The IRS recently issued regulations clarifying the answers to some long-standing questions regarding the taxation of restricted stock. However, these clarifications do not answer and indeed may raise new questions concerning the IRS positions on certain cash-based deferred compensation vesting issues.
Section 83 of the Internal Revenue Code governs the taxation of a transfer or grant of restricted property, typically stock, as compensation. (Separate tax rules, including Sections 409A, 457, and 457A, apply to cash-based deferred compensation.)
In general, the transfer of stock or other property is only taxable when the property is no longer subject to a “substantial risk of forfeiture.” A typical vesting restriction is service-based, e.g., the granted stock is forfeited if the recipient terminates service before a specified number of years have elapsed. Whether other non-service types of restrictions are effective to defer taxation has always been determined based on the facts and circumstances. The IRS has now clarified under what circumstances non-service restrictions would be considered a substantial risk of forfeiture.
First, the IRS has clarified that any non-service based vesting condition must be “related to the purpose of the transfer.” For example, a vesting condition based upon the company achieving a specified level of earnings would be a condition related to transfer or grant of the company stock.
Second, the likelihood of the forfeiture occurring and the likelihood that the forfeiture will be enforced must be considered. For example, if stock is granted subject to a condition that the stock is forfeited if the gross receipts of the employer fall by 90% over three years, the likelihood of such a percentage fall must be considered. If the employer were a long-standing seller of a product and there was no indication that there would either be a fall in demand or an inability of the employer to sell the product, the IRS would take the position that the transfer was taxable when granted, rather than after the three-year period had elapsed.
Third, a mere restriction on transferring the stock does not create a substantial risk of forfeiture, even if the stock would be forfeited if the employee attempted to transfer it. For example, if an employee is awarded stock subject only to the condition that the employee not sell or otherwise transfer the stock for five years, the stock is taxable at the time of transfer, even if the recipient were to forfeit the stock if he or she did attempt such a transfer.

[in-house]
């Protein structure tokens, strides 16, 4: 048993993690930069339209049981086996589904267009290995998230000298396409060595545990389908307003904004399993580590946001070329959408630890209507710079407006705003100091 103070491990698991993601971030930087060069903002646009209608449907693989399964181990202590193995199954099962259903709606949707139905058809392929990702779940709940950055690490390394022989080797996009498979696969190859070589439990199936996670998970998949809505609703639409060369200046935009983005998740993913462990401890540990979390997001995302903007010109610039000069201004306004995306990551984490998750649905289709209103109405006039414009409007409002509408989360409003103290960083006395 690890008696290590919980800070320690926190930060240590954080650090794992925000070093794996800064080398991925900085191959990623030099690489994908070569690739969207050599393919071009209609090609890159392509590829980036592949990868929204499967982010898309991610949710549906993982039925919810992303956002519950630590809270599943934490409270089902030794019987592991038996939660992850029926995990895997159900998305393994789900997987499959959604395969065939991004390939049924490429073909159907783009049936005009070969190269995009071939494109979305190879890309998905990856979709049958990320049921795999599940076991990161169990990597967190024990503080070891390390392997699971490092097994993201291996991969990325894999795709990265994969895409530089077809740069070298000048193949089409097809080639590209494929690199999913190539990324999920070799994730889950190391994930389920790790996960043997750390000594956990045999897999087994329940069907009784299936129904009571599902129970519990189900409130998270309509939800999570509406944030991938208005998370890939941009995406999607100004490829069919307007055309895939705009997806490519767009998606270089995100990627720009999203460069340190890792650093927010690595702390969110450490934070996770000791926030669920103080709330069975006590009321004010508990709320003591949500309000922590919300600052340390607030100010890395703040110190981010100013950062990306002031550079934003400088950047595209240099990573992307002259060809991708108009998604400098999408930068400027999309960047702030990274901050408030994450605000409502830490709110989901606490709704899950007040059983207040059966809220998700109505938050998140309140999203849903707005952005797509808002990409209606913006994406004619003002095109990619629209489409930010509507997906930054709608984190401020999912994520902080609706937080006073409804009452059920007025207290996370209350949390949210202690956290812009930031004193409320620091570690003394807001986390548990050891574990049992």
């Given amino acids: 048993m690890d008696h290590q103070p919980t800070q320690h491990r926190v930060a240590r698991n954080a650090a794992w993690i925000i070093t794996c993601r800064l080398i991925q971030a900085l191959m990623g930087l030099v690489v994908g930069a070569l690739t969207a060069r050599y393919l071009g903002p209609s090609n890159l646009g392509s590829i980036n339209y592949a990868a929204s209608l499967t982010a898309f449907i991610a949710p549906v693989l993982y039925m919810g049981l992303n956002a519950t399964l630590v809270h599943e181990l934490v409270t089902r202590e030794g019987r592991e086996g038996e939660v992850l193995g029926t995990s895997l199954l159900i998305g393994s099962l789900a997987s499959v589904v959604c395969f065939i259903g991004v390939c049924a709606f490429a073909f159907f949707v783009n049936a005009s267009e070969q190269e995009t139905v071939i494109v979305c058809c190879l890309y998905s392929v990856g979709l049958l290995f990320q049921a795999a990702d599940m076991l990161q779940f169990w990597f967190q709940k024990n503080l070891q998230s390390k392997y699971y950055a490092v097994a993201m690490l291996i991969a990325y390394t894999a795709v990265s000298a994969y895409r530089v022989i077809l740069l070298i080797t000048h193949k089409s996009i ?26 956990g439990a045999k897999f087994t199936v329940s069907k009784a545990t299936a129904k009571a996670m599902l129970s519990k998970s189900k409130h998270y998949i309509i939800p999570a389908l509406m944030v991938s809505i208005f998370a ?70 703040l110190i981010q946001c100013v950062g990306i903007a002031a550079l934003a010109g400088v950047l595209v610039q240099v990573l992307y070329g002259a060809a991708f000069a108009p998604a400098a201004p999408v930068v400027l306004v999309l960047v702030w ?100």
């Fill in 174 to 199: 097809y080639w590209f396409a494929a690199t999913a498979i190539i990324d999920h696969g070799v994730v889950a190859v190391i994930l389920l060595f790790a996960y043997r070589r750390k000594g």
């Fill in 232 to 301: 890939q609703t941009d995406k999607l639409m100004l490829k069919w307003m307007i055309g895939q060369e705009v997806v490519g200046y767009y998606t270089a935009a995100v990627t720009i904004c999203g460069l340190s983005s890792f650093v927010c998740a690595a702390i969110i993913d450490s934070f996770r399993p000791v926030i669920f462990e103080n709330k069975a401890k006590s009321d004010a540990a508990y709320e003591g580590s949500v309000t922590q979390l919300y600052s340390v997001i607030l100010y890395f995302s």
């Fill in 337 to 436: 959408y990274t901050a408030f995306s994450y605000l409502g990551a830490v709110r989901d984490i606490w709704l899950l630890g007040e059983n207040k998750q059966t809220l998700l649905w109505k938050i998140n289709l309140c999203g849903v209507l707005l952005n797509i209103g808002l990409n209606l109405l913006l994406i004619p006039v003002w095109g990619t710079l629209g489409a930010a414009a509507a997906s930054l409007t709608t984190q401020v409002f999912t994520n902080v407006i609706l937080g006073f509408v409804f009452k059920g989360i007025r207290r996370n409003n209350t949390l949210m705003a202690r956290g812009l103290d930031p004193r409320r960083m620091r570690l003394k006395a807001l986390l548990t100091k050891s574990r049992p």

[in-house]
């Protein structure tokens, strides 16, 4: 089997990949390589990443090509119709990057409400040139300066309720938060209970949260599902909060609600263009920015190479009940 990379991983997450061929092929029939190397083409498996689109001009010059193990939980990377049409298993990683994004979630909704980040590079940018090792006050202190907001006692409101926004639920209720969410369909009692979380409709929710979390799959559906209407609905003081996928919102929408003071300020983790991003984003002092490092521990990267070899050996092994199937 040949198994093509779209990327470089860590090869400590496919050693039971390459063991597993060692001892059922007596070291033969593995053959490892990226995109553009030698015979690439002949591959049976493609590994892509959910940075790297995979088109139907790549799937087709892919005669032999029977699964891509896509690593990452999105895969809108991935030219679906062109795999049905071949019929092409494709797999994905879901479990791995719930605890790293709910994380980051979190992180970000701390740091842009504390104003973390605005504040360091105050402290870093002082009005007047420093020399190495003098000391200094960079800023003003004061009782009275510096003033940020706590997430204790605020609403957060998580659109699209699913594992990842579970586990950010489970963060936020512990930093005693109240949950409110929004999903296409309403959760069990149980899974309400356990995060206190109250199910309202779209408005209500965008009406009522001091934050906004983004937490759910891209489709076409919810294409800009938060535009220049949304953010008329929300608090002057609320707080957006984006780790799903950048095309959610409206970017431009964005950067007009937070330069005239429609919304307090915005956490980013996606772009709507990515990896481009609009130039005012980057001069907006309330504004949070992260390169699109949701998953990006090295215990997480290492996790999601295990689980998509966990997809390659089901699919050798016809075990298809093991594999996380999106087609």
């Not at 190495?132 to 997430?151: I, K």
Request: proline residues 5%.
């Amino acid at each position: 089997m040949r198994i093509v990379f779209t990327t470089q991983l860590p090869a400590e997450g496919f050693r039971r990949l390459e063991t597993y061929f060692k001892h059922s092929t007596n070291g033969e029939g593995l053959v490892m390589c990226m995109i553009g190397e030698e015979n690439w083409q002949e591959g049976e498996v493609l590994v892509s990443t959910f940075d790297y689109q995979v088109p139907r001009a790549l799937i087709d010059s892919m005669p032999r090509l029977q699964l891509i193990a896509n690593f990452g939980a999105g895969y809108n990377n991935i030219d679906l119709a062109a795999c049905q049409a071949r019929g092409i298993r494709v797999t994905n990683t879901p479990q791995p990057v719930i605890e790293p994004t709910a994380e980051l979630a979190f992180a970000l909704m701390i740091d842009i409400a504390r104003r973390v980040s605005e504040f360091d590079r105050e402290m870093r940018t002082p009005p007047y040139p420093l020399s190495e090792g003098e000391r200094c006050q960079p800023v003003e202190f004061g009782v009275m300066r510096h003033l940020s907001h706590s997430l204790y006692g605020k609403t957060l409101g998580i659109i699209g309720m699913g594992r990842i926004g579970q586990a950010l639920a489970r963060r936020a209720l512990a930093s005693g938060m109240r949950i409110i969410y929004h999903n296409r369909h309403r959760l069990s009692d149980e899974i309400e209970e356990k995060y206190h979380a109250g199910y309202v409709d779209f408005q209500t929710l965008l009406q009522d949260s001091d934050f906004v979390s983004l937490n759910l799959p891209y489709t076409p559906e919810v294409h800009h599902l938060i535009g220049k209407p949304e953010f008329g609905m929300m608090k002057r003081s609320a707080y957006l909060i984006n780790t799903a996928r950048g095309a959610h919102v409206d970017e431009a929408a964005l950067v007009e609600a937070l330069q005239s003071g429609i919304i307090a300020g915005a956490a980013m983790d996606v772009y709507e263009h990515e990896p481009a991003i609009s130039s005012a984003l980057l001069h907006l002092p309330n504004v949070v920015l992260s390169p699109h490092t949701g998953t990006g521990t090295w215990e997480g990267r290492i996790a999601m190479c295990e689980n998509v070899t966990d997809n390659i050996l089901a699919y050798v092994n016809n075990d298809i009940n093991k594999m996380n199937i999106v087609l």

Also, the regulations now clarify that the only provision of the securities law that delays taxation under Section 83 is Section 16(b) of the Securities Exchange Act. Section 16(b) restricts “certain” insiders from selling their company stock within six months of a covered purchase of company stock. Other types of transfer restrictions in connection with securities transactions, such as restrictions imposed by lock-up agreements or restrictions related to fraudulent or deceptive insider trading under Rule 10b-5 of the Exchange Act, will not cause the stock to be substantially unvested.
These clarifications under Section 83 are not particularly new, and were foreshadowed in prior IRS rulings. However, other tax deferral techniques are also dependent on whether there is a vesting condition that is a “substantial risk of forfeiture.” In particular, Sections 409A and 457A use the same phrase to determine the taxation of deferred compensation. Moreover, for executives of tax-exempt organizations, Section 457(f) determines whether a potential deferred compensation arrangement is taxable based on when it is subject to a “substantial risk of forfeiture.”
Even though the phrase “substantial risk of forfeiture” is in each of these statutes, the IRS has so far not chosen to interpret the phrase identically. For example, the IRS has said that a covenant not to compete never results in a substantial risk of forfeiture under Section 409A, but may in limited circumstances qualify as a substantial risk of forfeiture under Section 83. The IRS has also previously announced an intention to issue final regulations on Section 457(f) that would interpret this phrase, but not necessarily in a manner identical to other tax code sections. As a result, when designing non-service-based vesting restrictions for deferred compensation arrangements, employers need to be careful in comparing and contrasting the alternative meanings of the phrase “a substantial risk of forfeiture.”